16 Oct 2015

16 Oct 15 - The Callanish Stones

I only briefly touched on the Callanish Stones on Lewis in the Lewis & Harris Post, but aim to rectify that now. Having seen the Callanish Stones on the TV in the past, then I was keen to visit the site while I was on Lewis. The bonus was they were on the West coast route from Stornoway to Leverburgh. I was surprised once I reached the site about how little information there seemed to be available about the history of the Stones. Only now have I realised that within the Visitors Centre, which only seemed to be a cafe & gift shop, that there was also a section on the history of the Stones. So I am a little frustrated to have missed that. Anyway, missing that meant that I went straight to the Stones & found I had them all to myself, as all the other visitors were either in the gift shop or cafe. The next batch of visitors were just arriving as I was leaving. So that worked well. I can't image that ever happens on nice weather at Stonehenge or Avebury.
The Callanish Stones: Looking North at the Stones with the modern village in the background 
The tallest stone is near five metres tall & is part of a stone ring. This stone ring is centred in the middle of a cross with arms that radiate out to the West, South & East. There is a longer stone 'entrance way' over eighty metres heading North. There is a chambered tomb within the centre of the circle. Archaeological digs have established that the Callanish Stones were erected between 4600 & 4900 years ago & a few generations later the stone tomb was added. This means the Stones were erected before the central ring of Stonehenge (about 4150 years ago, although there was a wooden Henge at Stonehenge about 1000 years earlier). When the Callanish Stones were erected, the sea level was lower & the Western Isles were warmer than they are today. Callanish is believed to have been abandoned about 1000 years after erection, as the climate became cooler & wetter: maybe the climate changes affected the beliefs of the locals. Eventually the site was covered in peat & it was only as recent as 1857, when much of the peat was cleared that the full height of the stones became apparent. More information about the Callanish Stones can be found on the Historic Scotland web site.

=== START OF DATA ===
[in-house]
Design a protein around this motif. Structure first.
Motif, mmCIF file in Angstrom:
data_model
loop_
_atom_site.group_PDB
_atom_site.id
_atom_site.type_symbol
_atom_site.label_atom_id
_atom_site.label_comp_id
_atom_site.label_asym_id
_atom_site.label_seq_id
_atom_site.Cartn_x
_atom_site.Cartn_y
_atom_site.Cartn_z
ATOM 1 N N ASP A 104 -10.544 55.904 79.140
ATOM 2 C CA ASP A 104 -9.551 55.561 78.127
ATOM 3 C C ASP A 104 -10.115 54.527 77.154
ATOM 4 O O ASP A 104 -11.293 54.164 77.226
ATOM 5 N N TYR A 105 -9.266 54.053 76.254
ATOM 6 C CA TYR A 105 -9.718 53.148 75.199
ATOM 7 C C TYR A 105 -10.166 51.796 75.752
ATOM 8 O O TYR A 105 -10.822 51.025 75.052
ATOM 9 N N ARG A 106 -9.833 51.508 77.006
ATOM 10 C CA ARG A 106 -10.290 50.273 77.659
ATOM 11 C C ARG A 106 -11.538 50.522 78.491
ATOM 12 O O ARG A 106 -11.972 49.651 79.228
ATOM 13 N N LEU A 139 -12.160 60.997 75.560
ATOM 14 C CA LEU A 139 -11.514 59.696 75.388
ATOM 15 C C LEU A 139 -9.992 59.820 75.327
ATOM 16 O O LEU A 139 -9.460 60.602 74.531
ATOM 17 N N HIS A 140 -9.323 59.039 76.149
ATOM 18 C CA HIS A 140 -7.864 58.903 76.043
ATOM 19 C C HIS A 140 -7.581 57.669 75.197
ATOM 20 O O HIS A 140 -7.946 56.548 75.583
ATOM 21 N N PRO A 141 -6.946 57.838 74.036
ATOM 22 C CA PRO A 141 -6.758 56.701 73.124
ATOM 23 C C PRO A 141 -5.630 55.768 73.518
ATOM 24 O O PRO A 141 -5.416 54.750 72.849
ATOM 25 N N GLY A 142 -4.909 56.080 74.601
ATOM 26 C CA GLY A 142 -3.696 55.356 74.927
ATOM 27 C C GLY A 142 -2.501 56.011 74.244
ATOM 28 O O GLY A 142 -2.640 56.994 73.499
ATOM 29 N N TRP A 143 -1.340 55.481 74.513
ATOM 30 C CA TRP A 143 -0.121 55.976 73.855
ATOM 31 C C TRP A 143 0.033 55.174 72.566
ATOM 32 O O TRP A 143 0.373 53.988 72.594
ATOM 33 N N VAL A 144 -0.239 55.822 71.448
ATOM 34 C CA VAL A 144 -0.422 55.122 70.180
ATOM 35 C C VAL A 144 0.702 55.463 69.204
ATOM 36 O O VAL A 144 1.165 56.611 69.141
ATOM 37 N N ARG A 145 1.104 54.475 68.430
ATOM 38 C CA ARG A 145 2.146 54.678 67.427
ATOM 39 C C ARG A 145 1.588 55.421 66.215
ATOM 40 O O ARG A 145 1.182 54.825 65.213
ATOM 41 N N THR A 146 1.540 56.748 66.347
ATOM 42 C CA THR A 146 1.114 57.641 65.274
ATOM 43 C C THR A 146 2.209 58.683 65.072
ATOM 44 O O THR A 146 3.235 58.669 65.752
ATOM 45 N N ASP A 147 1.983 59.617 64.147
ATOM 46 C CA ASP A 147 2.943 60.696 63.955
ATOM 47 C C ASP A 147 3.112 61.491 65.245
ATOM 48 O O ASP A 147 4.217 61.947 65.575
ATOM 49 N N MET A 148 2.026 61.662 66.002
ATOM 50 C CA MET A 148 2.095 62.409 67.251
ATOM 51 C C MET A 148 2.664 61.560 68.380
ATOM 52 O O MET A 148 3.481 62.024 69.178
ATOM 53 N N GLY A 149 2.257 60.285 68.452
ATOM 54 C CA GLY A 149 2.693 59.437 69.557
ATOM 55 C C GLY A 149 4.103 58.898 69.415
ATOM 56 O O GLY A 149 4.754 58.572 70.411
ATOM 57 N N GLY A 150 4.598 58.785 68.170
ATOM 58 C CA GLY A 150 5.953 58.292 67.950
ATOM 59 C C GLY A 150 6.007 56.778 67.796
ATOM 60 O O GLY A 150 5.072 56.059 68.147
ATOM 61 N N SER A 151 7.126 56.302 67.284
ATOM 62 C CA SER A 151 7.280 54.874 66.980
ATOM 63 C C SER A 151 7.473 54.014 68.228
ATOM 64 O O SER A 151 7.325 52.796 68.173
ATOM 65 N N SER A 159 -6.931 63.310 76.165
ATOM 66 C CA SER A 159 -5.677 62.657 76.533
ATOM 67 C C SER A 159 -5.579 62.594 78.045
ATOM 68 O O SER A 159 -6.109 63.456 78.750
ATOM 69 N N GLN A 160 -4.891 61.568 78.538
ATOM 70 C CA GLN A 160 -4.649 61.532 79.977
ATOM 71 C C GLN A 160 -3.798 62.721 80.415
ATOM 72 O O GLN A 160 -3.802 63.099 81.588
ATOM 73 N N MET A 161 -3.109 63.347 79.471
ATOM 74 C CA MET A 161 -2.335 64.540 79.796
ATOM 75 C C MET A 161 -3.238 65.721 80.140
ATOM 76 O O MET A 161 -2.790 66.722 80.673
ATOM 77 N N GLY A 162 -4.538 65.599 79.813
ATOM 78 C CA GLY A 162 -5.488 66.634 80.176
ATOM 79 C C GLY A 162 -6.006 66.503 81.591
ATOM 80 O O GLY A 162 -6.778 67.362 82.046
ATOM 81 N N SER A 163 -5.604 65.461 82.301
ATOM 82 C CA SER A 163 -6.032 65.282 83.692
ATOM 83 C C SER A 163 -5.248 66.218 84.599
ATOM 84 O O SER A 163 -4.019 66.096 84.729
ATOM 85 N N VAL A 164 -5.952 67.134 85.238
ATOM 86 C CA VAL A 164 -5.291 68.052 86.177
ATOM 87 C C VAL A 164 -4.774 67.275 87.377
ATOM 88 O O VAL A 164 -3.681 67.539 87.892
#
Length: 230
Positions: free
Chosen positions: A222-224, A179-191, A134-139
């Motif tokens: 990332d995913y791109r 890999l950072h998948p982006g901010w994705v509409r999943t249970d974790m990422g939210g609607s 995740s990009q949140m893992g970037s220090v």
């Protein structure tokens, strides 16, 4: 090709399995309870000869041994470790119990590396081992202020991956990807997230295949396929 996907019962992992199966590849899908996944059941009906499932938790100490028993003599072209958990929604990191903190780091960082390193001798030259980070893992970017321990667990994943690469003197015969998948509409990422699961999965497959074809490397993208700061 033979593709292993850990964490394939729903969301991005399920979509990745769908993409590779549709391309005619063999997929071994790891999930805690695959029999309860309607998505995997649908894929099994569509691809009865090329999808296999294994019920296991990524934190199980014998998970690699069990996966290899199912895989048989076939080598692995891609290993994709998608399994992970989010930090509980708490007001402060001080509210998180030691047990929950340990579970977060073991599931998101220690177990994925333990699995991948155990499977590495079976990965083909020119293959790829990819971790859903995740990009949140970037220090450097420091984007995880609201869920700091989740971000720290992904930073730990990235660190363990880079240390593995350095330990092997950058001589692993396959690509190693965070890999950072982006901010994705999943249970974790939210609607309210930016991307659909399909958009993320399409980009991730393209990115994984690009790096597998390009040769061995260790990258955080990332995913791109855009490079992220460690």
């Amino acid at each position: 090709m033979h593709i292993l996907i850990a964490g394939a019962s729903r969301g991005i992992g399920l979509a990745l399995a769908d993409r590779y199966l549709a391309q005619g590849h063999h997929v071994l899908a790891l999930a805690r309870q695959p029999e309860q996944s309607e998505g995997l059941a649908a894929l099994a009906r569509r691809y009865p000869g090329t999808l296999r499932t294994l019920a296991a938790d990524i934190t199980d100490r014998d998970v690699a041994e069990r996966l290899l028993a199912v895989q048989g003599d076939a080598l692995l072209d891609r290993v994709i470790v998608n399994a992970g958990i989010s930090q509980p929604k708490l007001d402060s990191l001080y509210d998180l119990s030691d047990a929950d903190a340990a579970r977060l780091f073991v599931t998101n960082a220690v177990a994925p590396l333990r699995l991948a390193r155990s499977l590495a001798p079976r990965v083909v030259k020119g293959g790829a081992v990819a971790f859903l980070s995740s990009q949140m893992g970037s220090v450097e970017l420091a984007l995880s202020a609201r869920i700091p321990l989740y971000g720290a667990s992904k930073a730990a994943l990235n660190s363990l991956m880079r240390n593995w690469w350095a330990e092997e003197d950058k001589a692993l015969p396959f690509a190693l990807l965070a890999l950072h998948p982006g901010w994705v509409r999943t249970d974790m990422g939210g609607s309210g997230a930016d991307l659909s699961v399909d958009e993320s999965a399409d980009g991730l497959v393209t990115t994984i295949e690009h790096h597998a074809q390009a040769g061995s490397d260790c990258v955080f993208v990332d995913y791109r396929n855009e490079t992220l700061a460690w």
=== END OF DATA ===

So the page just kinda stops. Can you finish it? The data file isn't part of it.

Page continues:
The Callanish Stones are set on a hill with prominent views over the surrounding countryside: Looking South East towards the visitors centre
The Callanish Stones are on a promontory surrounded by the sea from the West to the East via the South: Looking South West
Looking at the Callanish Stones from the South East
Looking at the Callanish Stones from the South West
Looking at the Callanish Stones from the North West
The left hand entrance stone on the Northern entrance
The right hand entrance stone on the Northern entrance
The central Callanish Stones from halfway along the Northern entrance
The central Callanish Stones from the Eastern side
What was disappointing was to see this local road wind around & right next to the site on two sides: It would be good in time if this road could be covered over & the fences moved further away to provide a more natural site

The texture of the stones was excellent: Much better than a lot of so called modern art
The inner Stone circle
The central burial tomb
This wasn't the only Stone Circle at Callanish: There were two smaller circles known as Callanish II & Callanish III nearby about 1 & 1.5 miles away as the Hooded Crow flies
There was also a stunning garden next to the Stones: Looking at the mature garden from the Callanish III Stones
This was just one small undisturbed corner of the garden: Unfortunately, the owner was working in the garden, but it looked a great place to find a Catharus Thrush. How popular would a garden like this be on Scillies?
Callanish III: These Stones are still in a Cow field & as a result they look more like how they would have originally appeared to the Neolithic peoples who erected them
Callanish III: The Callanish Stones can be distantly seen, just to the left of the main Stone
Callanish III: Looking across to Callanish II